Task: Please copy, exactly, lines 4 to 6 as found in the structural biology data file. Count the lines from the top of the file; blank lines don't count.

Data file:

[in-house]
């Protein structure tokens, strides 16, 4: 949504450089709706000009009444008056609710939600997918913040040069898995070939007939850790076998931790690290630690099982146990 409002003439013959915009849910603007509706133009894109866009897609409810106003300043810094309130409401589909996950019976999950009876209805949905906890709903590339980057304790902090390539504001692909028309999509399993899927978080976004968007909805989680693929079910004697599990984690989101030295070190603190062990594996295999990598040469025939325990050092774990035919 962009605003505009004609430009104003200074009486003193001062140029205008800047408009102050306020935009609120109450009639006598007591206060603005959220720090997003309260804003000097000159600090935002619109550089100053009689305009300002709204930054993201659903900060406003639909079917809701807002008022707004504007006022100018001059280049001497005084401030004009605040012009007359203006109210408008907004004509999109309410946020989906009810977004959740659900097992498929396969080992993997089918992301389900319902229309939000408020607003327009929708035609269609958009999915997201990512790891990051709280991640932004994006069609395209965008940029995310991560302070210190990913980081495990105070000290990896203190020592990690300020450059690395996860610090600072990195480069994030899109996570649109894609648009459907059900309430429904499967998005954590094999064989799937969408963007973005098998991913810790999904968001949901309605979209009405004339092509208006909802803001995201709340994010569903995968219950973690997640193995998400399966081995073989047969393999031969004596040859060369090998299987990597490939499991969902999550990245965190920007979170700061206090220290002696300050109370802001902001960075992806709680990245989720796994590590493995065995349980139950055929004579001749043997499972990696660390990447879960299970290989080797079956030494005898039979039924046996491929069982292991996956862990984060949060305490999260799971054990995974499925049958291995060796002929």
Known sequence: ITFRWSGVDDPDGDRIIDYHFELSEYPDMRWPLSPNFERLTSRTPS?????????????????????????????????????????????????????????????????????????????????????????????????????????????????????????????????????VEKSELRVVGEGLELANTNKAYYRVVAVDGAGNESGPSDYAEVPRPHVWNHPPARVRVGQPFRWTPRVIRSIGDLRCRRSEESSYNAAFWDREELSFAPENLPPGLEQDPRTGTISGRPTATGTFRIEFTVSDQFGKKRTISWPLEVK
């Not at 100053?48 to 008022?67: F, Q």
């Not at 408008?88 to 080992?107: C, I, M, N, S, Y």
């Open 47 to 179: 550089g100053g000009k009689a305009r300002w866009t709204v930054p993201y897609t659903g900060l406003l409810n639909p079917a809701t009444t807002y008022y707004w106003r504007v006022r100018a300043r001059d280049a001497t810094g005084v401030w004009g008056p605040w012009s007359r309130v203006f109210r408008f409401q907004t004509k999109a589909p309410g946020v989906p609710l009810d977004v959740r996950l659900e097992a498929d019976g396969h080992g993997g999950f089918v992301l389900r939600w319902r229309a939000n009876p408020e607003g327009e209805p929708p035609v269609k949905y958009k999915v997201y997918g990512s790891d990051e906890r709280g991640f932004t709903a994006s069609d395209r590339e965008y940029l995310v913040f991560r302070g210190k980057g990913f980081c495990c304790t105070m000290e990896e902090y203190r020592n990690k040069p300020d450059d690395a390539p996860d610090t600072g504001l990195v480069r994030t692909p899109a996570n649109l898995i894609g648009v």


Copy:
């Not at 100053?48 to 008022?67: F, Q």
């Not at 408008?88 to 080992?107: C, I, M, N, S, Y």
């Open 47 to 179: 550089g100053g000009k009689a305009r300002w866009t709204v930054p993201y897609t659903g900060l406003l409810n639909p079917a809701t009444t807002y008022y707004w106003r504007v006022r100018a300043r001059d280049a001497t810094g005084v401030w004009g008056p605040w012009s007359r309130v203006f109210r408008f409401q907004t004509k999109a589909p309410g946020v989906p609710l009810d977004v959740r996950l659900e097992a498929d019976g396969h080992g993997g999950f089918v992301l389900r939600w319902r229309a939000n009876p408020e607003g327009e209805p929708p035609v269609k949905y958009k999915v997201y997918g990512s790891d990051e906890r709280g991640f932004t709903a994006s069609d395209r590339e965008y940029l995310v913040f991560r302070g210190k980057g990913f980081c495990c304790t105070m000290e990896e902090y203190r020592n990690k040069p300020d450059d690395a390539p996860d610090t600072g504001l990195v480069r994030t692909p899109a996570n649109l898995i894609g648009v």